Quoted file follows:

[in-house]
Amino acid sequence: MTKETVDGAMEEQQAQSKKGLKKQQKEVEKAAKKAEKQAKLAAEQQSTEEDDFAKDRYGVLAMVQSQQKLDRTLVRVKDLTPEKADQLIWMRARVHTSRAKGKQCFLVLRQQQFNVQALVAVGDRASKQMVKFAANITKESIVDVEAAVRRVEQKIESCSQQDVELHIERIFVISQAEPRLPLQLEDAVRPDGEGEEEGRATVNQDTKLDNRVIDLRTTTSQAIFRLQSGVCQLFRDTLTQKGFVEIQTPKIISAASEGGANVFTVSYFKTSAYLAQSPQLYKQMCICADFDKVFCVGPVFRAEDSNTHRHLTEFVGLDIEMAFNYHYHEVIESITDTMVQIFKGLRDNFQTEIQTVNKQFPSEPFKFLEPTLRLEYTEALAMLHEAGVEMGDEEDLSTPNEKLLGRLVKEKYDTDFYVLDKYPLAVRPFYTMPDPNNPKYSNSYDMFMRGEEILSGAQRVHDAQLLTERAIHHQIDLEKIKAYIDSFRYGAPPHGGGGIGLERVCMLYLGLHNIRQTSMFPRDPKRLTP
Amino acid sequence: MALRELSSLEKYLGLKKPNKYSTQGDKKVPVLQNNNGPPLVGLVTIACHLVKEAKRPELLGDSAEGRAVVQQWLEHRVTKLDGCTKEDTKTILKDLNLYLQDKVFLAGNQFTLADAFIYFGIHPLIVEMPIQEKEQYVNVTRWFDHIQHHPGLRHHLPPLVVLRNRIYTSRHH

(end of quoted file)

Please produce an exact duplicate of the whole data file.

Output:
[in-house]
Amino acid sequence: MTKETVDGAMEEQQAQSKKGLKKQQKEVEKAAKKAEKQAKLAAEQQSTEEDDFAKDRYGVLAMVQSQQKLDRTLVRVKDLTPEKADQLIWMRARVHTSRAKGKQCFLVLRQQQFNVQALVAVGDRASKQMVKFAANITKESIVDVEAAVRRVEQKIESCSQQDVELHIERIFVISQAEPRLPLQLEDAVRPDGEGEEEGRATVNQDTKLDNRVIDLRTTTSQAIFRLQSGVCQLFRDTLTQKGFVEIQTPKIISAASEGGANVFTVSYFKTSAYLAQSPQLYKQMCICADFDKVFCVGPVFRAEDSNTHRHLTEFVGLDIEMAFNYHYHEVIESITDTMVQIFKGLRDNFQTEIQTVNKQFPSEPFKFLEPTLRLEYTEALAMLHEAGVEMGDEEDLSTPNEKLLGRLVKEKYDTDFYVLDKYPLAVRPFYTMPDPNNPKYSNSYDMFMRGEEILSGAQRVHDAQLLTERAIHHQIDLEKIKAYIDSFRYGAPPHGGGGIGLERVCMLYLGLHNIRQTSMFPRDPKRLTP
Amino acid sequence: MALRELSSLEKYLGLKKPNKYSTQGDKKVPVLQNNNGPPLVGLVTIACHLVKEAKRPELLGDSAEGRAVVQQWLEHRVTKLDGCTKEDTKTILKDLNLYLQDKVFLAGNQFTLADAFIYFGIHPLIVEMPIQEKEQYVNVTRWFDHIQHHPGLRHHLPPLVVLRNRIYTSRHH